Association for Behavior Analysis International

The Association for Behavior Analysis International® (ABAI) is a nonprofit membership organization with the mission to contribute to the well-being of society by developing, enhancing, and supporting the growth and vitality of the science of behavior analysis through research, education, and practice.

Ninth Annual Autism Conference; Las Vegas, NV; 2015

Program by Day for Sunday, January 25, 2015


Manage My Personal Schedule

 

Special Event #12
Opening Remarks
Sunday, January 25, 2015
8:15 AM–8:30 AM
Grand Ballroom
Chair: Jennifer R. Zarcone (Kennedy Krieger Institute)

Dr. Jennifer Zarcone will welcome attendees and provide opening remarks.

 
 
Invited Paper Session #13
CE Offered: PSY/BACB

Toward a Safer, Faster, and Better Functional Analysis of Problem Behaviors Associated With Autism

Sunday, January 25, 2015
8:30 AM–9:20 AM
Grand Ballroom
Area: AUT; Domain: Applied Research
Instruction Level: Basic
CE Instructor: Gregory P. Hanley, Ph.D.
Chair: John D. Molteni (University of Saint Joseph)
GREGORY P. HANLEY (Western New England University)
Dr. Gregory P. Hanley has been applying the principles of learning to improve socially important behaviors of children and adults with and without disabilities for more than 20 years. He worked and trained at the Spurwink School, the Groden Center, and the Kennedy Krieger Institute, earned his Ph.D. at the University of Florida and was tenured at the University of Kansas. He is currently a professor of psychology and director of the Behavior Analysis Doctoral Program at Western New England University and an adjunct professor of psychiatry at the University of Massachusetts Medical School. Dr. Hanley has published more than 80 articles in peer-reviewed journals in areas such as the assessment and prevention of problem behavior, teaching tactics for young children, and evidence-based values. Dr. Hanley is a Fellow of the American Psychological Association (Division 25), past editor of Behavior Analysis in Practice (BAP), and a past associate editor of the Journal of Applied Behavior Analysis, The Behavior Analyst, and BAP.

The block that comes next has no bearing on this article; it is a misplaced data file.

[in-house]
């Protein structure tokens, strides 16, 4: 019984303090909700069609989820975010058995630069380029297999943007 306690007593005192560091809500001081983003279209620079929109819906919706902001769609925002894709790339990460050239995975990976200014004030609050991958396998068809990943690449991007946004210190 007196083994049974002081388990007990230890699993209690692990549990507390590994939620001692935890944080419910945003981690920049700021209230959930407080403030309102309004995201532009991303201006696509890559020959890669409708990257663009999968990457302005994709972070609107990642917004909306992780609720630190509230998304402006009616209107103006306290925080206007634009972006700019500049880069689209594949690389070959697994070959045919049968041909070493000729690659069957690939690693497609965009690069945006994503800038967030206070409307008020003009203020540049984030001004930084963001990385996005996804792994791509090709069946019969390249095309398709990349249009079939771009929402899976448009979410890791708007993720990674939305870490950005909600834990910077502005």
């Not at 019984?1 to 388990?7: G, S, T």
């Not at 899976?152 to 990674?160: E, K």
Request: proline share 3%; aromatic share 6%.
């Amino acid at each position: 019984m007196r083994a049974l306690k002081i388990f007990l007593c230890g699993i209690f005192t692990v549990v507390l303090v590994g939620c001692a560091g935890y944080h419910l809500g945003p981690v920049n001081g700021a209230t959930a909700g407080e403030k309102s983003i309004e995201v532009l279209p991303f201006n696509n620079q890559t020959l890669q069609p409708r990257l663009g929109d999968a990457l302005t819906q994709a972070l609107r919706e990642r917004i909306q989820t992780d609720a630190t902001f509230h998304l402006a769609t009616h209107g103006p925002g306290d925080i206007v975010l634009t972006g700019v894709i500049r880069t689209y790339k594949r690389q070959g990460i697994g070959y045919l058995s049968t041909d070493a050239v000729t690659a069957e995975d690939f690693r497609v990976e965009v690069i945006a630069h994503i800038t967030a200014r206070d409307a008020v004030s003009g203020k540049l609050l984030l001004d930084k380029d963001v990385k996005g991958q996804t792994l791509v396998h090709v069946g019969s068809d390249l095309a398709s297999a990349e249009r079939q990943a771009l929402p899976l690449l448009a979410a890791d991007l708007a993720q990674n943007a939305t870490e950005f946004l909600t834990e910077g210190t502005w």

Abstract:

Although a diagnosis of autism is not dependent on problem behaviors like meltdowns, self-injury, or aggression, one or more of these types of problems will likely require address at some point in the life span of a person diagnosed with autism. There is strong evidence supporting behavioral intervention to address these problem behaviors, with better outcomes evident when a functional analysis is part of the pretreatment functional assessment process. Nevertheless, assertions regarding the legitimacy of different types of functional assessment vary substantially across published studies. In addition, the research literature shows an unfortunate trend toward the standardization of the functional analytic part of the process. In this session, a highly individualized and practical functional assessment process that leads to fast, safe, and effective outcomes will be described. The comprehensive and socially validated treatments for problem behavior that result from this particular functional assessment process also will be described.

Target Audience:

Psychologists, behavior analysts, practitioners, and graduate students.

Learning Objectives: At the conclusion of the presentation, participants should be able to: (1) given the results of an open-ended interview, design an efficient, safe, individualized (nonstandardized), and synthesized functional analysis; (2) given different functions of problem behavior, design functionally relevant, effective, and skill-based interventions capable of producing generalizable and socially valid improvements in problem behavior; and (3) describe and implement several strategies for teaching individuals with severe problem behavior to tolerate both delays to and denials of reinforcers previously maintaining their problem behavior.
Keyword(s): functional analysis, problem behaviors
 
 
Invited Paper Session #14
CE Offered: PSY/BACB

Using Stimulus Pairing Procedures to Induce New Vocalizations

Sunday, January 25, 2015
9:30 AM–10:20 AM
Grand Ballroom
Area: AUT; Domain: Basic Research
Instruction Level: Basic
CE Instructor: Anna I. Petursdottir, Ph.D.
Chair: Thomas S. Higbee (Utah State University)
ANNA I. PETURSDOTTIR (Texas Christian University)
Anna Ingeborg Petursdottir received her Ph.D. in psychology from Western Michigan University and is currently an associate professor of psychology at Texas Christian University. Her primary area of research is verbal behavior and its acquisition. Her applied research interests include strategies for enhancing basic communication skills of children diagnosed with autism spectrum disorder, whereas more basic research interests include typically developing children's language acquisition, and how research and theory in this area may translate into effective language interventions. Dr. Petursdottir's research has been published in the Journal of Applied Behavior Analysis, The Analysis of Verbal Behavior, and the Journal of the Experimental Analysis of Behavior, among other journals. She is past editor of The Analysis of Verbal Behavior and an associate editor of the Journal of Applied Behavior Analysis, and has served on the editorial boards of numerous other journals. Dr. Petursdottir is also a past president of the Texas Association for Behavior Analysis and has served on the annual convention program committee of the Association for Behavior Analysis International.
Abstract: